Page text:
posted on MON 17 MAR 2014 3:34 PM
Briefing and Consultations on New Priorities for UN Mission in South Sudan

Tomorrow, 18 March, the Council is scheduled to be briefed on the UN Mission in South Sudan (UNMISS) by Under-Secretary-General for Peacekeeping Operations Hervé Ladsous, on the report of the Secretary-General on UNMISS released on 6 March (S/2014/158), and by UN Women Executive Director Phumzile Mlambo-Ngucka, on her visit to South Sudan on 18-19 February. It seems Hilde Johnson, Special Representative of the Secretary-General and head of UNMISS, may also brief the Council. Council members are expected to hold consultations following the briefing.

The Secretary-General’s report identifies five priority tasks for UNMISS: protecting civilians; enabling humanitarian access; increasing human rights monitoring and reporting; facilitating inter-communal and national dialogue; and supporting mediation and cease-fire monitoring by the Intergovernmental Authority on Development (IGAD). In order to implement the reprioritised mandate, the report recommends that the Council raise the ceilings for military and police strength for 12 months in line with the temporary increase in troop and police strength approved in resolution 2132 adopted on 24 December 2013.

The report suggests putting on hold operational and capacity-building support that could enhance the capacity of those engaged in the conflict while allowing for the retention of certain capacity-building functions in partnership with the government of South Sudan. These would be restricted to states within South Sudan “that have so far been spared by the conflict” and functions that “do not directly contribute to enhancing the fighting capacities of the parties or undermine the Addis Ababa negotiations”. Council members may choose to seek further clarification on how UNMISS would be able to effectively assert the neutrality and impartiality presumably required for effective peacekeeping and mediation support if a capacity-building partnership with the government of South Sudan is retained.

There are other areas of the report that Council members may have questions about, including the current status of peacekeepers deployed through inter-mission cooperation and the rationale behind the phased reinforcement of troops throughout 2014 as outlined in the annex to the report. Another area of interest could be how UNMISS has coped with recurring violations by South Sudan of the Status of Forces Agreement (SOFA) and what plans it has for addressing ongoing threats to UN bases and protection sites (i.e. contingency planning for a worst-case scenario).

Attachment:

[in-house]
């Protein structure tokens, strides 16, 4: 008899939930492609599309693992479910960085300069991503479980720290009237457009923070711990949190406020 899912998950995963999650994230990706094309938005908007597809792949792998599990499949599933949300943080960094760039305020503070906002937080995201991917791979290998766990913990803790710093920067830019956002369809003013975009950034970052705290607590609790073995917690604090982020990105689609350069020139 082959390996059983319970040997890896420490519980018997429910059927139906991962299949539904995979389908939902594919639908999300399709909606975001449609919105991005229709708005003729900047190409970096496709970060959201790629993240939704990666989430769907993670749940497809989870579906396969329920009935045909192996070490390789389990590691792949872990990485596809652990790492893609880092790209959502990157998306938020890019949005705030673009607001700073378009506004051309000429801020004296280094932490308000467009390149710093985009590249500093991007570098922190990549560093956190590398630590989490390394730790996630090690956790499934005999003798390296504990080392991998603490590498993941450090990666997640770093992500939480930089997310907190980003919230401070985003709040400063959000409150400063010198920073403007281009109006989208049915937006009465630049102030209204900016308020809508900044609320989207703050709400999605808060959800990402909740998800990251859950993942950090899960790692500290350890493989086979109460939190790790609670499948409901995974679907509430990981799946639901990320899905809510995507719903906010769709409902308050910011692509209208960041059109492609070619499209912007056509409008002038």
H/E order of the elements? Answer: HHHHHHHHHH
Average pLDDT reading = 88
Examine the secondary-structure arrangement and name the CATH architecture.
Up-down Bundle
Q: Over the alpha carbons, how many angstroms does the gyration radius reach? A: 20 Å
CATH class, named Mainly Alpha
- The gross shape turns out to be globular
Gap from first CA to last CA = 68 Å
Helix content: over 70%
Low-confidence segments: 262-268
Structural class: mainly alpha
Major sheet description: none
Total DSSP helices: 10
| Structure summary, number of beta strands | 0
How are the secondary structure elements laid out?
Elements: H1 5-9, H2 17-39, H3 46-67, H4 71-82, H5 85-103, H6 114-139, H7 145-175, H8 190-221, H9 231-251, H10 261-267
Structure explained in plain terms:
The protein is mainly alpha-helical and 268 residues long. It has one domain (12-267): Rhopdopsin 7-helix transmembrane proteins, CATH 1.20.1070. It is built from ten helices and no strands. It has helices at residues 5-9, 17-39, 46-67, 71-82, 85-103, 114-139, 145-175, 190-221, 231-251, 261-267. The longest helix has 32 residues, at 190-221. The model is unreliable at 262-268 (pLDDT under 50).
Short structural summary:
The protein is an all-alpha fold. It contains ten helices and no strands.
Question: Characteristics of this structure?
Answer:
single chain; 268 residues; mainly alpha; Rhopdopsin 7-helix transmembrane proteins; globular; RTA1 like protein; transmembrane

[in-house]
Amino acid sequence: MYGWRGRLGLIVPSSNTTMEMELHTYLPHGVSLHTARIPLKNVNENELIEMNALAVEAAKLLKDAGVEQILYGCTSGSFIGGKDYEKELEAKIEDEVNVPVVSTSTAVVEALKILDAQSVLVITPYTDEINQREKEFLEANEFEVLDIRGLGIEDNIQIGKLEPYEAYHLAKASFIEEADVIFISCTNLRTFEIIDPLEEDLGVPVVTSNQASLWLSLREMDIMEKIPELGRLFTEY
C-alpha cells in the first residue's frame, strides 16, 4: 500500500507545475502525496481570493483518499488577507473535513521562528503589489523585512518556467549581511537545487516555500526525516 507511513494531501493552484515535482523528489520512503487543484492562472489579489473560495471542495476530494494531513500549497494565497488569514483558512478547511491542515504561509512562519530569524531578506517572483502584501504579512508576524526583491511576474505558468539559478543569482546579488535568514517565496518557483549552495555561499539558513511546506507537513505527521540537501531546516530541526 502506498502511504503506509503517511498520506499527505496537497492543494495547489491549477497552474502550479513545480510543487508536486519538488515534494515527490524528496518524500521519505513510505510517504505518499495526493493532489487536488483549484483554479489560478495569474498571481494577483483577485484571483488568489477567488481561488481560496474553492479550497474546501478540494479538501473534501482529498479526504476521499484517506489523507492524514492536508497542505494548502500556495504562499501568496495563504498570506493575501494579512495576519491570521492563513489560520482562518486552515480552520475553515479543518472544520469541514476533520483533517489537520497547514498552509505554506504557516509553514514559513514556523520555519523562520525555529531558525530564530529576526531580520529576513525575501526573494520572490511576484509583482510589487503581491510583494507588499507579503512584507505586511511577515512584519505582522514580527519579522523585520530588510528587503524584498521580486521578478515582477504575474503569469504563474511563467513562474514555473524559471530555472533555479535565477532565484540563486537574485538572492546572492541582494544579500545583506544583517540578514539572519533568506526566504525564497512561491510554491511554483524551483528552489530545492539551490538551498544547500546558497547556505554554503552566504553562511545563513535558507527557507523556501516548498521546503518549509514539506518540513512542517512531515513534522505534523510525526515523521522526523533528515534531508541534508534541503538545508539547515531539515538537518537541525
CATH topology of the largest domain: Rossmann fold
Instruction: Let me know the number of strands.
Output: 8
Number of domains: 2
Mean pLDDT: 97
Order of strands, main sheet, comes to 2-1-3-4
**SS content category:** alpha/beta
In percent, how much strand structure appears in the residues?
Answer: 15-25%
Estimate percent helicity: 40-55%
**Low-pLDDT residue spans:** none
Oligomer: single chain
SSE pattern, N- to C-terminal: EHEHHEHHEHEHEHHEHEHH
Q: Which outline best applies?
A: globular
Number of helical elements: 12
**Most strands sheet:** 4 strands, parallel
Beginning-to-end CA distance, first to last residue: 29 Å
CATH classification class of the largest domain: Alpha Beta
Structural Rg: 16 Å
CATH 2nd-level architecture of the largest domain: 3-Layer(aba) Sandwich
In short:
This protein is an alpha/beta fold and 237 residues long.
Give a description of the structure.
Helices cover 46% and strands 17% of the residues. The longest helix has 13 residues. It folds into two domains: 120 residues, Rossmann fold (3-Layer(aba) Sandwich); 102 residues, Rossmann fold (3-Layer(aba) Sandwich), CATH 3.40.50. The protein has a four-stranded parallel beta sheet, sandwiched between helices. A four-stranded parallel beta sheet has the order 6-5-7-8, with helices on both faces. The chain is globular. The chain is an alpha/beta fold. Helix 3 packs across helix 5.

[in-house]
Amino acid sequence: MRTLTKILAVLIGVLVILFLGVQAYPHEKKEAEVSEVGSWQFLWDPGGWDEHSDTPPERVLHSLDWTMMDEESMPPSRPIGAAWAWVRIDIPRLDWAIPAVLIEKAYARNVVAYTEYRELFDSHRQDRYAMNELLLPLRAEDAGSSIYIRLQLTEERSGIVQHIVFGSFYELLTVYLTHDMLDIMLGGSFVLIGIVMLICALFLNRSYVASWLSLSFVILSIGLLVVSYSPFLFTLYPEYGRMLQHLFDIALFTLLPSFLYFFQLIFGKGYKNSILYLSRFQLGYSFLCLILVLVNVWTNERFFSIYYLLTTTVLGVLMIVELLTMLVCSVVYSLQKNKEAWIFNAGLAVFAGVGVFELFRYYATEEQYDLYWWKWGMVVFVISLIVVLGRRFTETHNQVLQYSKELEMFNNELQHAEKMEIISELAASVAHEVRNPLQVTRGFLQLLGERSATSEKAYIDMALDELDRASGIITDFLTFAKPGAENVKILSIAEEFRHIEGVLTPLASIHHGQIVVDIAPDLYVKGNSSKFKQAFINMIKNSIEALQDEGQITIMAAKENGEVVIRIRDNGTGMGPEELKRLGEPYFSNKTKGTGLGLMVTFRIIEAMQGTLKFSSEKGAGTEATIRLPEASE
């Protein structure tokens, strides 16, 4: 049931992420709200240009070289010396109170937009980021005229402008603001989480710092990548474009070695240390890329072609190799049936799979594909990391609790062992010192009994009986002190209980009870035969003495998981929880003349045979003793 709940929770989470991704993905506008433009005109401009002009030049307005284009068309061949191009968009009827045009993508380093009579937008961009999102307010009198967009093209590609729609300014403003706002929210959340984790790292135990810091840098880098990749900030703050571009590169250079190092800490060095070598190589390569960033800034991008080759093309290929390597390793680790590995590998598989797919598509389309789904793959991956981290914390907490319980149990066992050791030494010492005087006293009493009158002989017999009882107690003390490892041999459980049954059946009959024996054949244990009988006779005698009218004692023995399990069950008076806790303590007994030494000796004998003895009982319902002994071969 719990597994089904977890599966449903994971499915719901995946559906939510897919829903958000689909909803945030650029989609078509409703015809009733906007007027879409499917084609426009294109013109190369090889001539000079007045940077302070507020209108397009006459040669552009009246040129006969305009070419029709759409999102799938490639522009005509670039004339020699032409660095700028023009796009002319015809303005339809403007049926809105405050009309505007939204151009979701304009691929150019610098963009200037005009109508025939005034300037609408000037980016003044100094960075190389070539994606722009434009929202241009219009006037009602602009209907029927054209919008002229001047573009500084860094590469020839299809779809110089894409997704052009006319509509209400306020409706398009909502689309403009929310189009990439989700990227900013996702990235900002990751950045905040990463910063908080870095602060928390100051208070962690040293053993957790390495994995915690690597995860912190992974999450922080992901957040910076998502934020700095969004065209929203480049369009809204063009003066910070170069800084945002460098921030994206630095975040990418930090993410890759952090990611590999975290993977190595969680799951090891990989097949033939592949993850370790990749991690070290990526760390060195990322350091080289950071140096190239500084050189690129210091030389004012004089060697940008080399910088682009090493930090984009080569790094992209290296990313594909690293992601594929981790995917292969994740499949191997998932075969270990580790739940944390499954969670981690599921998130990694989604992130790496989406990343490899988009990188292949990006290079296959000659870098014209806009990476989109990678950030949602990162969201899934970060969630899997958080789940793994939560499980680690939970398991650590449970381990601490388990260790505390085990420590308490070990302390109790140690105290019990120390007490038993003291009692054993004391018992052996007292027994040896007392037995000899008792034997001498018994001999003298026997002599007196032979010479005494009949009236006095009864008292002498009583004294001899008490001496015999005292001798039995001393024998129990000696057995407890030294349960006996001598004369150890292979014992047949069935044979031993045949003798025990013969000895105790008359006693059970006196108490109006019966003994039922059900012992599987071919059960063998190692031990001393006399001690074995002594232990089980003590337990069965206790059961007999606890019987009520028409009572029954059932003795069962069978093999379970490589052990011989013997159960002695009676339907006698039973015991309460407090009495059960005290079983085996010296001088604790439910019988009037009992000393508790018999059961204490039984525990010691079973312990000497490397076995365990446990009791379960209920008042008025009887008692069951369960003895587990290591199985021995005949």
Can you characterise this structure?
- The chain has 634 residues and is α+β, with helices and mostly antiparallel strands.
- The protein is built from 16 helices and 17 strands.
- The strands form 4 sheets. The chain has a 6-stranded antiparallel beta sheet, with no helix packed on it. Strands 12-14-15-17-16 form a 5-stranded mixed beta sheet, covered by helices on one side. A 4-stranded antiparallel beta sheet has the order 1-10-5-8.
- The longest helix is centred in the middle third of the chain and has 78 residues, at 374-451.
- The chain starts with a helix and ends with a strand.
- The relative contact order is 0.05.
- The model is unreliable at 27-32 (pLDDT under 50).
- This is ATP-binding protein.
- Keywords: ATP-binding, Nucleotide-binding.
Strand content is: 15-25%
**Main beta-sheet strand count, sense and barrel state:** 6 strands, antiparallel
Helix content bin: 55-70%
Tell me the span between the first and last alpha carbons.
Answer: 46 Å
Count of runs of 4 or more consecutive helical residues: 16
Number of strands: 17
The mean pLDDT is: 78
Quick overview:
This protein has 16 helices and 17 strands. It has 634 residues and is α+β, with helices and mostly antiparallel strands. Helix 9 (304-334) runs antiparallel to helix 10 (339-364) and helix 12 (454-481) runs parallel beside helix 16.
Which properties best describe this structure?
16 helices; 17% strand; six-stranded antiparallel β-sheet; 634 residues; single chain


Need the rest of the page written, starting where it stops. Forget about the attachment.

Council members may also want more information about a recent incident in South Sudan apparently involving the transportation of weapons and ammunition for an UNMISS contingent from Ghana deployed in Bentiu, Unity State. On Friday 7 March, a convoy of UN trucks was stopped for inspection by the government in Rumbek, Lakes State. Although the UN is required by the SOFA to ship weapons within South Sudan by air, weapons and ammunition were found on board the trucks. Speculation ensued online and in media coverage that these supplies also included landmines, but a UNMISS spokesperson has since claimed the boxes held “crowd control equipment”. Anti-UN public protests erupted in Juba on 10 March, while a joint UN-South Sudan investigation has been announced and may now be underway. It is likely that Council members may seek greater clarity from Johnson on what was being shipped as well as the impact of this incident on UNMISS’s image in South Sudan.

Perhaps most critically, Council members are also likely to discuss recent developments regarding IGAD. On 13 March, IGAD issued a communiqué authorising a Protection and Deterrent Force (PDF) to be deployed in South Sudan as part of the Monitoring and Verification Mechanism. IGAD also called upon the UN and the AU to provide “all the necessary support”. Without specifically mentioning Uganda, the communiqué also reiterates IGAD’s call for “the progressive withdrawal of all armed groups and all allied forces invited by either side”. Media reports suggest that the countries contributing troops would be Burundi, Ethiopia, Kenya, Rwanda and possibly Djibouti. The potential size of the PDF has not been specified, but apparently the intent is to deploy as rapidly as within one month. Rebel leader Riek Machar has publicly stated his opposition to the PDF and threatened withdrawal from the IGAD mediation process. Council members will undoubtedly be interested in an update on these issues as well as more information from Ladsous and Johnson regarding how an IGAD-authorised PDF would operate in tandem with UNMISS.